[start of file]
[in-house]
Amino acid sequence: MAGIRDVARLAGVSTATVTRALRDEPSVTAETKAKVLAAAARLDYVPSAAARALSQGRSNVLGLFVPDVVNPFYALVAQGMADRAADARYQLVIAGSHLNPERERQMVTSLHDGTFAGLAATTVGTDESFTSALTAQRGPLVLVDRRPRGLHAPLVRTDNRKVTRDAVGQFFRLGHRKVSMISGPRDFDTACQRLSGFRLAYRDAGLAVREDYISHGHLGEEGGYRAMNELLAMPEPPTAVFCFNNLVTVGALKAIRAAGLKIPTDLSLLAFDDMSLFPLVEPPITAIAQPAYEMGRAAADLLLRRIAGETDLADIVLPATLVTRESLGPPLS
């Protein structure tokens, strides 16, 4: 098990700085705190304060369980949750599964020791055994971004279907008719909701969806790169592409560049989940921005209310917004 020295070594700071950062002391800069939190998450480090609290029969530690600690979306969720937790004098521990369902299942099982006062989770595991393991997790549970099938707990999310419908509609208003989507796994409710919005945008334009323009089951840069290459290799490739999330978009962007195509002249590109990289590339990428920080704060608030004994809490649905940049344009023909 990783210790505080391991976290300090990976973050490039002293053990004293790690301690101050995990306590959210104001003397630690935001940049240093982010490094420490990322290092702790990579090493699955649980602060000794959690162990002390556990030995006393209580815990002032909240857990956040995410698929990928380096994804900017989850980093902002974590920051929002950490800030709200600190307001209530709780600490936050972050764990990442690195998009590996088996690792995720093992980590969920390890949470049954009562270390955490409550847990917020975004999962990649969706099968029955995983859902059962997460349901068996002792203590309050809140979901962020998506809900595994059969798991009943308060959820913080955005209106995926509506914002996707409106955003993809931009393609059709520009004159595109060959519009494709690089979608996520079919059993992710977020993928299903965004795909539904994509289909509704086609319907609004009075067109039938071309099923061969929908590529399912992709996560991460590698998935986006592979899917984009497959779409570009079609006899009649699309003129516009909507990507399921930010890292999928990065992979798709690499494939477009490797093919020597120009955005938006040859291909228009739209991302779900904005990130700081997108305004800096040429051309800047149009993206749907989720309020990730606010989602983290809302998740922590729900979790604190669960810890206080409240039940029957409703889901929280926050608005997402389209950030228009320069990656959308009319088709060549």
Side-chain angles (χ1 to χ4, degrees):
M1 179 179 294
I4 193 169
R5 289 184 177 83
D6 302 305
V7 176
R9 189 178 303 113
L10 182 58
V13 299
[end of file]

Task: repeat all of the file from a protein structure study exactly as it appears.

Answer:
[in-house]
Amino acid sequence: MAGIRDVARLAGVSTATVTRALRDEPSVTAETKAKVLAAAARLDYVPSAAARALSQGRSNVLGLFVPDVVNPFYALVAQGMADRAADARYQLVIAGSHLNPERERQMVTSLHDGTFAGLAATTVGTDESFTSALTAQRGPLVLVDRRPRGLHAPLVRTDNRKVTRDAVGQFFRLGHRKVSMISGPRDFDTACQRLSGFRLAYRDAGLAVREDYISHGHLGEEGGYRAMNELLAMPEPPTAVFCFNNLVTVGALKAIRAAGLKIPTDLSLLAFDDMSLFPLVEPPITAIAQPAYEMGRAAADLLLRRIAGETDLADIVLPATLVTRESLGPPLS
């Protein structure tokens, strides 16, 4: 098990700085705190304060369980949750599964020791055994971004279907008719909701969806790169592409560049989940921005209310917004 020295070594700071950062002391800069939190998450480090609290029969530690600690979306969720937790004098521990369902299942099982006062989770595991393991997790549970099938707990999310419908509609208003989507796994409710919005945008334009323009089951840069290459290799490739999330978009962007195509002249590109990289590339990428920080704060608030004994809490649905940049344009023909 990783210790505080391991976290300090990976973050490039002293053990004293790690301690101050995990306590959210104001003397630690935001940049240093982010490094420490990322290092702790990579090493699955649980602060000794959690162990002390556990030995006393209580815990002032909240857990956040995410698929990928380096994804900017989850980093902002974590920051929002950490800030709200600190307001209530709780600490936050972050764990990442690195998009590996088996690792995720093992980590969920390890949470049954009562270390955490409550847990917020975004999962990649969706099968029955995983859902059962997460349901068996002792203590309050809140979901962020998506809900595994059969798991009943308060959820913080955005209106995926509506914002996707409106955003993809931009393609059709520009004159595109060959519009494709690089979608996520079919059993992710977020993928299903965004795909539904994509289909509704086609319907609004009075067109039938071309099923061969929908590529399912992709996560991460590698998935986006592979899917984009497959779409570009079609006899009649699309003129516009909507990507399921930010890292999928990065992979798709690499494939477009490797093919020597120009955005938006040859291909228009739209991302779900904005990130700081997108305004800096040429051309800047149009993206749907989720309020990730606010989602983290809302998740922590729900979790604190669960810890206080409240039940029957409703889901929280926050608005997402389209950030228009320069990656959308009319088709060549």
Side-chain angles (χ1 to χ4, degrees):
M1 179 179 294
I4 193 169
R5 289 184 177 83
D6 302 305
V7 176
R9 189 178 303 113
L10 182 58
V13 299